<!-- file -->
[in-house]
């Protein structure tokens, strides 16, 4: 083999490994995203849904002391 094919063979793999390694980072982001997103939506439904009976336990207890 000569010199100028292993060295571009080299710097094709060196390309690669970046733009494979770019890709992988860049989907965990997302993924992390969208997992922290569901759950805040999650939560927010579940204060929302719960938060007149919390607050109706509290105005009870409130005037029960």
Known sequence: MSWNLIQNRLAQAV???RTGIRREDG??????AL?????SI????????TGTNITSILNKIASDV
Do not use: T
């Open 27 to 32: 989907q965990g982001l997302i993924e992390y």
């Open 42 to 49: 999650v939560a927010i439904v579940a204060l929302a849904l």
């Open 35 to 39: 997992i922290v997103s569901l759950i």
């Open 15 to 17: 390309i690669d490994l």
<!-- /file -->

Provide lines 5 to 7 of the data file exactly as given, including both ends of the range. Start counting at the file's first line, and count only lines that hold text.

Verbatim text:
């Open 27 to 32: 989907q965990g982001l997302i993924e992390y």
């Open 42 to 49: 999650v939560a927010i439904v579940a204060l929302a849904l």
């Open 35 to 39: 997992i922290v997103s569901l759950i």